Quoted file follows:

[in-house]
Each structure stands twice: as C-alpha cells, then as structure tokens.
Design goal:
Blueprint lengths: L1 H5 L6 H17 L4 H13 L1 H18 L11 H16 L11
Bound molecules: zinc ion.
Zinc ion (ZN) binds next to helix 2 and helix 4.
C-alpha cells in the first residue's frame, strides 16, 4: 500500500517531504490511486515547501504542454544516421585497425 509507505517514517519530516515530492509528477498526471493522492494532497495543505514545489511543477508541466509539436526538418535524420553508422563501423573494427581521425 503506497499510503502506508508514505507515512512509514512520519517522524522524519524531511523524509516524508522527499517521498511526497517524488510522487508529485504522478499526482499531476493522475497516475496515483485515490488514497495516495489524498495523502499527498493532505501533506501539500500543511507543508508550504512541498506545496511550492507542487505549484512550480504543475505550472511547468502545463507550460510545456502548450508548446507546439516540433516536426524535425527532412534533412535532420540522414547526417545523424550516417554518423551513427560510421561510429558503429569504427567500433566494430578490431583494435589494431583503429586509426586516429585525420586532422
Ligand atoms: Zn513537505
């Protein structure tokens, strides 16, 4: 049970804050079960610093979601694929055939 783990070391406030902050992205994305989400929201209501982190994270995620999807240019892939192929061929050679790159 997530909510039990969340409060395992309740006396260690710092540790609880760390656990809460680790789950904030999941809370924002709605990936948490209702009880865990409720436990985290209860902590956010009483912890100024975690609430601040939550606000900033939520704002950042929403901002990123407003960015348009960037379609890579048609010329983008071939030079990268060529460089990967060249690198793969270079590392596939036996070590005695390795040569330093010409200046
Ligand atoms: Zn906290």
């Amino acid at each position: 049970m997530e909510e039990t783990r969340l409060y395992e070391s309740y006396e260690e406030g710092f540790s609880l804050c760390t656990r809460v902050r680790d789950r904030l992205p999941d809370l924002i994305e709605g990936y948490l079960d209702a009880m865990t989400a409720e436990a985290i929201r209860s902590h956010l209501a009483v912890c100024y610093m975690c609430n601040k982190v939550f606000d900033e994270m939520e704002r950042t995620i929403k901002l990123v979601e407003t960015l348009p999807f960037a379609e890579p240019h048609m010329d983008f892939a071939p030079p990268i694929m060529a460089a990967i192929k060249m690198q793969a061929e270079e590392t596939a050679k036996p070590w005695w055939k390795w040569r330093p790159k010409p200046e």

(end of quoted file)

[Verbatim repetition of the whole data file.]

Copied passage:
[in-house]
Each structure stands twice: as C-alpha cells, then as structure tokens.
Design goal:
Blueprint lengths: L1 H5 L6 H17 L4 H13 L1 H18 L11 H16 L11
Bound molecules: zinc ion.
Zinc ion (ZN) binds next to helix 2 and helix 4.
C-alpha cells in the first residue's frame, strides 16, 4: 500500500517531504490511486515547501504542454544516421585497425 509507505517514517519530516515530492509528477498526471493522492494532497495543505514545489511543477508541466509539436526538418535524420553508422563501423573494427581521425 503506497499510503502506508508514505507515512512509514512520519517522524522524519524531511523524509516524508522527499517521498511526497517524488510522487508529485504522478499526482499531476493522475497516475496515483485515490488514497495516495489524498495523502499527498493532505501533506501539500500543511507543508508550504512541498506545496511550492507542487505549484512550480504543475505550472511547468502545463507550460510545456502548450508548446507546439516540433516536426524535425527532412534533412535532420540522414547526417545523424550516417554518423551513427560510421561510429558503429569504427567500433566494430578490431583494435589494431583503429586509426586516429585525420586532422
Ligand atoms: Zn513537505
């Protein structure tokens, strides 16, 4: 049970804050079960610093979601694929055939 783990070391406030902050992205994305989400929201209501982190994270995620999807240019892939192929061929050679790159 997530909510039990969340409060395992309740006396260690710092540790609880760390656990809460680790789950904030999941809370924002709605990936948490209702009880865990409720436990985290209860902590956010009483912890100024975690609430601040939550606000900033939520704002950042929403901002990123407003960015348009960037379609890579048609010329983008071939030079990268060529460089990967060249690198793969270079590392596939036996070590005695390795040569330093010409200046
Ligand atoms: Zn906290």
């Amino acid at each position: 049970m997530e909510e039990t783990r969340l409060y395992e070391s309740y006396e260690e406030g710092f540790s609880l804050c760390t656990r809460v902050r680790d789950r904030l992205p999941d809370l924002i994305e709605g990936y948490l079960d209702a009880m865990t989400a409720e436990a985290i929201r209860s902590h956010l209501a009483v912890c100024y610093m975690c609430n601040k982190v939550f606000d900033e994270m939520e704002r950042t995620i929403k901002l990123v979601e407003t960015l348009p999807f960037a379609e890579p240019h048609m010329d983008f892939a071939p030079p990268i694929m060529a460089a990967i192929k060249m690198q793969a061929e270079e590392t596939a050679k036996p070590w005695w055939k390795w040569r330093p790159k010409p200046e």